Jim Brain had served in Tanganyika and Uganda for 12 years, beginning in 1951, and it was my good fortune to meet him at the end of this period, at Syracuse University in New York, in 1963, when he was finishing work on his PhD dissertation and I was on a crash course, learning Chichewa (also known as Chinyanja), a language- skill necessary to my bush-posting as a teacher in Central Africa.
The distinguished Africanist Lucy Mair had guided Jim Brain, and Brain guided me. So profound was his understanding of the structure and sound of Bantu languages that he was able to give me the foundations for fluency in Chichewa, a language which up to then had never been taught in the United States.
His lessons stayed with me. Indeed, just before Christmas last year I was travelling down the Shire River to the Zambezi, from Malawi into Mozambique - Chichewa seems to be the lingua franca of the entire Zambezi Valley - and many times silently thanked Jim Brain for his language-teaching methods and his good advice: "Remember, the `m' in mbalame has the same force as the `m' in Fascism." Jim was the most generous of men, but he also showed me that the gift of a language is the gift of a world: he helped me travel and gave me access to a whole culture - and not just me, but all his many thousands of students.
He entered the world of scholarship obliquely, via soldiering and the Colonial Service. As a 16-year-old boy in Essex (he was born in Chigwell in 1923) he worked as a farm labourer, and at the age of 19 joined the British army. He spent the rest of the Second World War as a scout car driver in France, Holland, Belgium and Germany; he received a commission after the war, and was sent with the Royal Tank Regiment to Palestine and Hong Kong. His work as an Agricultural Field Officer and Community Development Officer followed, and he served with distinction in Tanganyika and Uganda.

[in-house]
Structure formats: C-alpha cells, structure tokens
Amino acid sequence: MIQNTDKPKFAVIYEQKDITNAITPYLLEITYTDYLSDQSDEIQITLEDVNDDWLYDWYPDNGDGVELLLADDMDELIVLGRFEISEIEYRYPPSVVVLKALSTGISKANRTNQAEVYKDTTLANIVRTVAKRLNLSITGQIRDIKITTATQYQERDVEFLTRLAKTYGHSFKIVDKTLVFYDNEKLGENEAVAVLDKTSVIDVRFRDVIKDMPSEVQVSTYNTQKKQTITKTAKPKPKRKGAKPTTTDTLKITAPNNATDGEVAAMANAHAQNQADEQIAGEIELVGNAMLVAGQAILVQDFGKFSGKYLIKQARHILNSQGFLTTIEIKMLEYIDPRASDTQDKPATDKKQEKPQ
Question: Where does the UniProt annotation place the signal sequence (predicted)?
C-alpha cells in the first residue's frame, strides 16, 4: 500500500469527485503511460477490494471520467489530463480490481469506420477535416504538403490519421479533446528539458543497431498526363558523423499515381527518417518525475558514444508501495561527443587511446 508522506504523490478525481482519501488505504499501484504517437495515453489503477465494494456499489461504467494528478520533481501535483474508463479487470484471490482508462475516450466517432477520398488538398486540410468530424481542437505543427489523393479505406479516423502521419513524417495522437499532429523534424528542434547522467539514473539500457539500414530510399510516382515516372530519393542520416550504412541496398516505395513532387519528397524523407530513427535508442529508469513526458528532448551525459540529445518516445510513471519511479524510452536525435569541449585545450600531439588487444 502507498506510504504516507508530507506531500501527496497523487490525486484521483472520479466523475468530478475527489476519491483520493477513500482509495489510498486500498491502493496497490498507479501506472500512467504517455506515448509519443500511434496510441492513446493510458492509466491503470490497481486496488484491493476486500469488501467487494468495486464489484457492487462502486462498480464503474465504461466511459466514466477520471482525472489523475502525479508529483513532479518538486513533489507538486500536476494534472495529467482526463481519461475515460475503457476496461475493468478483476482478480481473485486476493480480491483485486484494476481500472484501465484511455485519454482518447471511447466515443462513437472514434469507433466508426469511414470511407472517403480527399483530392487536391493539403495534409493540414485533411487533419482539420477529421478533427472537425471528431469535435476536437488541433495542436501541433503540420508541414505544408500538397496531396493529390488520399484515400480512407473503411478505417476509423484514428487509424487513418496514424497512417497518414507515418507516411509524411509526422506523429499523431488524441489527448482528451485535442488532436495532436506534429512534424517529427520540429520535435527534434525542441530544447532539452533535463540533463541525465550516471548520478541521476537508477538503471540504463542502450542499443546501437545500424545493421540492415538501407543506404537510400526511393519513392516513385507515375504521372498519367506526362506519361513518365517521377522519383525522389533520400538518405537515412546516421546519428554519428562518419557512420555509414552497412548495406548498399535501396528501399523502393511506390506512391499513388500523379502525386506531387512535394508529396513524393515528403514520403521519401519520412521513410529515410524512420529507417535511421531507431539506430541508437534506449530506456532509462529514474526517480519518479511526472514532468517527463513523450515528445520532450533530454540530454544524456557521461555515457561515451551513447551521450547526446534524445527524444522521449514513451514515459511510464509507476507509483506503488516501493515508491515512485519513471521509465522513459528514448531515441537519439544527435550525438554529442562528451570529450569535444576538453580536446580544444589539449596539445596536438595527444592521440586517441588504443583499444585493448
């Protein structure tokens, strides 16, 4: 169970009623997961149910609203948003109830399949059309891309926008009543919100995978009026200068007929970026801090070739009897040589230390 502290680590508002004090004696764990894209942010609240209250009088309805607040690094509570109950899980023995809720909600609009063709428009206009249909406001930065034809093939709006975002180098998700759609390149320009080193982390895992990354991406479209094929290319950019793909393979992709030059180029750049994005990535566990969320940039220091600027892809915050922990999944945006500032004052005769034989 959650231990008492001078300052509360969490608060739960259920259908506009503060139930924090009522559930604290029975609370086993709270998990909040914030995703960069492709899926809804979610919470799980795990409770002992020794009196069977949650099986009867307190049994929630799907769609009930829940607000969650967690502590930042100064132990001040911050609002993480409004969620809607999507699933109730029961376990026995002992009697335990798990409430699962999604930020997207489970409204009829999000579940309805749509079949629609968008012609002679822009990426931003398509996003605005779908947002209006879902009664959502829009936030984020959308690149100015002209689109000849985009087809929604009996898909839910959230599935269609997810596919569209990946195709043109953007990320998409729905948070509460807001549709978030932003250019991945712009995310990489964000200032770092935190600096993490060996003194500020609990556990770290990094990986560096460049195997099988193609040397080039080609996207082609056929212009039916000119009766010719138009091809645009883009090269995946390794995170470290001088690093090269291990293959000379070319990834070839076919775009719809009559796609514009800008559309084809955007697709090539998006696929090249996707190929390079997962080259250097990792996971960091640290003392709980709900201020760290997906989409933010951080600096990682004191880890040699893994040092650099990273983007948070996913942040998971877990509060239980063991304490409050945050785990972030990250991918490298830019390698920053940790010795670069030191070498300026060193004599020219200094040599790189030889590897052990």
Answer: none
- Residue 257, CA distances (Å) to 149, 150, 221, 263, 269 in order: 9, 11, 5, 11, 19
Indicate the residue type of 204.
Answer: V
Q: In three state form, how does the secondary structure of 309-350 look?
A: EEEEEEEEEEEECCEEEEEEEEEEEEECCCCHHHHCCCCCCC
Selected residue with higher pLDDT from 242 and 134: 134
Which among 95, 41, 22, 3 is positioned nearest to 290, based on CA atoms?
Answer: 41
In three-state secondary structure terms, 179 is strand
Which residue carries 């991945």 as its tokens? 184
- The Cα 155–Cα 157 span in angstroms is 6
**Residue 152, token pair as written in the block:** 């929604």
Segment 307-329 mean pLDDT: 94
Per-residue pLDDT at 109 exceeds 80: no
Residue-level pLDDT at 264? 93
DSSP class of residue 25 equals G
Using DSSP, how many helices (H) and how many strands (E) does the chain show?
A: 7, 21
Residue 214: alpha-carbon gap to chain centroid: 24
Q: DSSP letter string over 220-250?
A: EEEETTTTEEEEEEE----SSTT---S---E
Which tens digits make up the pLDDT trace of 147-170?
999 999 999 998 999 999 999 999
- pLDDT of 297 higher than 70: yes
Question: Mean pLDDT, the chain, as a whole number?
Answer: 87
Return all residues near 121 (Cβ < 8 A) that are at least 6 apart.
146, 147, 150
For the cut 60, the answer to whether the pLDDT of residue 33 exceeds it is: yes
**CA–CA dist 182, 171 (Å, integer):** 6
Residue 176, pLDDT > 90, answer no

When independence was granted to the British territories of East Africa, Jim Brain became a research fellow in some of the remoter parts of Tanzania, and he decided to work for his doctorate in anthropology. He earned a PhD without ever having gained a BA: he was accepted by the Senate of London University for graduate study on the basis of his career achievements, particularly in the field of African languages.
He wrote widely on the peoples of East Africa, on language and patterns of change, and the position of women; he made important contributions to our understanding of left- handedness and African witchcraft, which he called "a hardy perennial". Among his books are The Basic Structure of Swahili (1963) and The Last Taboo: sex and the fear of death (1979).
He was spirited, passionate, humorous, and a powerful intellect; he was also a great teacher. He was physically strong, and so his heart attack in December came as a shock. He was married three times: to Marian Peat (the mother of his two sons, Charles, a goldsmith, and Peter, Principal Dancer at the Ballets de Monte Carlo); to Mary Gordon, the author; and to Karen Robertson, professor of English at Vassar College, who survives him.
James Lewton-Brain, anthropologist: born Chigwell, Essex 12 September 1923; Professor, Department of Anthropology, State University of New York, New Paltz 1967-87 (Emeritus); married 1950 Marian Peat (two sons; marriage dissolved 1973), 1974 Mary Gordon (marriage dissolved 1978), 1980 Karen Robertson; died Poughkeepsie, New York 2 December 1996.Reuse content